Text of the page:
«Mrs. Dalloway» by Virginia Woolf …Her evening dresses hung in the cupboard. Clarissa, plunging her hand into the softness, gently detached the green dress and carried it to the window. She had torn it. Some one had trod on the skirt. She had felt it give at the Embassy party at the top among the folds. By artificial light the green shone, but lost its colour now in the sun. She would mend it. Her maids had too much to do. She would wear it to-night. She would take her silks, her scissors, her—what was it?—her thimble, of course, down into the drawing-room, for she must also write, and see that things generally were more or less in order.
Strange, she thought, pausing on the landing, and assembling that diamond shape, that single person, strange how a mistress knows the very moment, the very temper of her house! Faint sounds rose in spirals up the well of the stairs; the swish of a mop; tapping; knocking; a loudness when the front door opened; a voice repeating a message in the basement; the chink of silver on a tray; clean silver for the party. All was for the party.
(And Lucy, coming into the drawing-room with her tray held out, put the giant candlesticks on the mantelpiece, the silver casket in the middle, turned the crystal dolphin towards the clock. They would come; they would stand; they would talk in the mincing tones which she could imitate, ladies and gentlemen. Of all, her mistress was loveliest—mistress of silver, of linen, of china, for the sun, the silver, doors off their hinges, Rumpelmayer’s men, gave her a sense, as she laid the paper-knife on the inlaid table, of something achieved. Behold! Behold! she said, speaking to her old friends in the baker’s shop, where she had first seen service at Caterham, prying into the glass. She was Lady Angela, attending Princess Mary, when in came Mrs. Dalloway.)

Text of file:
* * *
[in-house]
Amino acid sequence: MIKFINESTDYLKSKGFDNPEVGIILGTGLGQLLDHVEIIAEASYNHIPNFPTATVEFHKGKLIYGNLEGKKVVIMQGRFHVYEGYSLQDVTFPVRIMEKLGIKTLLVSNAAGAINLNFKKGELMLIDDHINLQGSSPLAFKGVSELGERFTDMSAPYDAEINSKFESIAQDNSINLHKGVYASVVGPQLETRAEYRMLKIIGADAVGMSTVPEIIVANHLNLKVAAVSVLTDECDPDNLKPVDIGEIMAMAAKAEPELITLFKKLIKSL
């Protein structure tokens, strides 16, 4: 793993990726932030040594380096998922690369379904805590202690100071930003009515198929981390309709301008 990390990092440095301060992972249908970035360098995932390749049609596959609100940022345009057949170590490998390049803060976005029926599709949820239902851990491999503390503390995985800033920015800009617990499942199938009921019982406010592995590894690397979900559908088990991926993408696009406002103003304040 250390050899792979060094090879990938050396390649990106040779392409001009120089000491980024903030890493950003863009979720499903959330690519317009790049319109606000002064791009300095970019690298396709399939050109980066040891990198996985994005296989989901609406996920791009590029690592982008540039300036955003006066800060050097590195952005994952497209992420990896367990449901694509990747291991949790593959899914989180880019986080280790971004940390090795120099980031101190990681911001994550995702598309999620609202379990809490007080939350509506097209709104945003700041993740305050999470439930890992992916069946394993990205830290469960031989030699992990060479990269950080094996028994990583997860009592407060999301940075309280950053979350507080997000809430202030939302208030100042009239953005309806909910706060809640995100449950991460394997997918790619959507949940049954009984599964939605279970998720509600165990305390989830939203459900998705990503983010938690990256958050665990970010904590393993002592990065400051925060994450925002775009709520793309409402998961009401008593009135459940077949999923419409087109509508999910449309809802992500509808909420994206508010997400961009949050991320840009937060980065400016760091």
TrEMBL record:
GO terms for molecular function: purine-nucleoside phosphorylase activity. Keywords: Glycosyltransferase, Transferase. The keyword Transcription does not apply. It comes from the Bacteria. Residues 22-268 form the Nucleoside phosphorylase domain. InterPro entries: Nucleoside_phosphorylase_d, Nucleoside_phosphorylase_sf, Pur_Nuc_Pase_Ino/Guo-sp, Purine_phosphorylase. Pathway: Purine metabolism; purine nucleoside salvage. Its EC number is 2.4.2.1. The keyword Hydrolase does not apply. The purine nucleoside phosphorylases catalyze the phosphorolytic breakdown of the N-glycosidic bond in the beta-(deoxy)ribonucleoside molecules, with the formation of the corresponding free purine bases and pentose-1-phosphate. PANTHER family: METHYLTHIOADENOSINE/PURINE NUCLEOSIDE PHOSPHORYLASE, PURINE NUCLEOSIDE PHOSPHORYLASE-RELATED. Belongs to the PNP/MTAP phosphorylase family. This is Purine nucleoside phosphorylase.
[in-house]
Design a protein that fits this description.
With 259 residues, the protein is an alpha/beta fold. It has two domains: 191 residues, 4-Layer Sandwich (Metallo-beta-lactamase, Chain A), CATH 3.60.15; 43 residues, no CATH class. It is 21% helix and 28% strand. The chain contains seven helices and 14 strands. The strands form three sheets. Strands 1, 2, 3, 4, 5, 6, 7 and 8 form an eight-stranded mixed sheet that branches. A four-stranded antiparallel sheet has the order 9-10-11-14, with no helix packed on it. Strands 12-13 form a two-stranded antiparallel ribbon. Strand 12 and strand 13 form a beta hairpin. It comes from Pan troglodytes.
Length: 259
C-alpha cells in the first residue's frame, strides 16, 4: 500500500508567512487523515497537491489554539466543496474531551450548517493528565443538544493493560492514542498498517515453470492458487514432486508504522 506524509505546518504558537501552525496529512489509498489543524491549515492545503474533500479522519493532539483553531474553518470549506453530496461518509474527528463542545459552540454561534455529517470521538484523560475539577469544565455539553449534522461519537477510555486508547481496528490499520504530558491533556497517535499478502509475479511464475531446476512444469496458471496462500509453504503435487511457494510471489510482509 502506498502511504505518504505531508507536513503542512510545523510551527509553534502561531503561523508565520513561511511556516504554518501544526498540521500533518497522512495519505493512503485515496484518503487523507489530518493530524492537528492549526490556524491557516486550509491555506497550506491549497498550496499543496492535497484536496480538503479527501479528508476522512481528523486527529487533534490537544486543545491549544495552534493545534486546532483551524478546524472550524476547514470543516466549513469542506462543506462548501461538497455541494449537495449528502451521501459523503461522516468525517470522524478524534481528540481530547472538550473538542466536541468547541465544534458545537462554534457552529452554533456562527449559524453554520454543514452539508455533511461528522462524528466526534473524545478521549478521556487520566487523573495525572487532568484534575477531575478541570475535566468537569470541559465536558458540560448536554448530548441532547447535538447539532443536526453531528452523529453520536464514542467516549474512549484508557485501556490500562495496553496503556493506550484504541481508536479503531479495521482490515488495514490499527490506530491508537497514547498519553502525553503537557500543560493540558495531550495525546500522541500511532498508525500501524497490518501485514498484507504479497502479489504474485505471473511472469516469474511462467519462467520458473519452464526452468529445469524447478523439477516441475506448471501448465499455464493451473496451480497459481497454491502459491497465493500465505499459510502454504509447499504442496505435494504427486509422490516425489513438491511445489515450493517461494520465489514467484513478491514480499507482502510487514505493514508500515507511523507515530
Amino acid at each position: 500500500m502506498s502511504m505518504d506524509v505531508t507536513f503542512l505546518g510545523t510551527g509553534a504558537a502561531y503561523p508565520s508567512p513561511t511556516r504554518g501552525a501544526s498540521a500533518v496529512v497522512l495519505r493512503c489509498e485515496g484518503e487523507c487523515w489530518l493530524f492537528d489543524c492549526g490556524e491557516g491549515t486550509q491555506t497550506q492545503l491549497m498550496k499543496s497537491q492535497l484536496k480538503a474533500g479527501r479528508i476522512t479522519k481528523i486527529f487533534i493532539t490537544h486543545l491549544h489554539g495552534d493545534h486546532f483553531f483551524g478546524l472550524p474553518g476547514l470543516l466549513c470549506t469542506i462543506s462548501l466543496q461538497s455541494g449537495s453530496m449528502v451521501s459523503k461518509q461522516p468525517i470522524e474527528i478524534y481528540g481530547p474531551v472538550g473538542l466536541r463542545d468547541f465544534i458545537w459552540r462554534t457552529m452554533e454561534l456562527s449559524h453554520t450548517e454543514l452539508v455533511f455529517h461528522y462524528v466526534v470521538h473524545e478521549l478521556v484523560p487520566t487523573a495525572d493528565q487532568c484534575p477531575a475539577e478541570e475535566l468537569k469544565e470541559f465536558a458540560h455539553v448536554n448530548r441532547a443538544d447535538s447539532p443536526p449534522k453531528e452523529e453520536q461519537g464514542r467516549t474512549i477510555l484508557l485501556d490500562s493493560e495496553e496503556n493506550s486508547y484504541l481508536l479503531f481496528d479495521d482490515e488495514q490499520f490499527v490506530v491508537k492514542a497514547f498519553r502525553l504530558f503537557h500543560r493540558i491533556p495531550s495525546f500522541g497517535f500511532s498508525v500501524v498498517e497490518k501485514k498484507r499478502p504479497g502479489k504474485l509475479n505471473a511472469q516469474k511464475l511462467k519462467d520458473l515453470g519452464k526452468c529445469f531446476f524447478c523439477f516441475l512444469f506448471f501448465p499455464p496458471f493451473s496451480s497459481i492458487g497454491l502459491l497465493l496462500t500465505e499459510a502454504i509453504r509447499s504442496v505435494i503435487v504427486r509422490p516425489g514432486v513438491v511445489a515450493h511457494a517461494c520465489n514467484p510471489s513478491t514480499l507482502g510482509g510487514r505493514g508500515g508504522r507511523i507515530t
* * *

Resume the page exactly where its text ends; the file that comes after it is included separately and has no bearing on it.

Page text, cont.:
“Oh Lucy,” she said, “the silver does look nice!”
“And how,” she said, turning the crystal dolphin to stand straight, “how did you enjoy the play last night?” “Oh, they had to go before the end!” she said. “They had to be back at ten!” she said. “So they don’t know what happened,” she said. “That does seem hard luck,” she said (for her servants stayed later, if they asked her). “That does seem rather a shame,” she said, taking the old bald-looking cushion in the middle of the sofa and putting it in Lucy’s arms, and giving her a little push, and crying:
“Take it away! Give it to Mrs. Walker with my compliments! Take it away!” she cried.
And Lucy stopped at the drawing-room door, holding the cushion, and said, very shyly, turning a little pink, Couldn’t she help to mend that dress?
But, said Mrs. Dalloway, she had enough on her hands already, quite enough of her own to do without that.
“But, thank you, Lucy, oh, thank you,” said Mrs. Dalloway, and thank you, thank you, she went on saying (sitting down on the sofa with her dress over her knees, her scissors, her silks), thank you, thank you, she went on saying in gratitude to her servants generally for helping her to be like this, to be what she wanted, gentle, generous-hearted. Her servants liked her. And then this dress of hers—where was the tear? and now her needle to be threaded. This was a favourite dress, one of Sally Parker’s, the last almost she ever made, alas, for Sally had now retired, living at Ealing, and if ever I have a moment, thought Clarissa (but never would she have a moment any more), I shall go and see her at Ealing. For she was a character, thought Clarissa, a real artist. She thought of little out-of-the-way things; yet her dresses were never queer. You could wear them at Hatfield; at Buckingham Palace. She had worn them at Hatfield; at Buckingham Palace.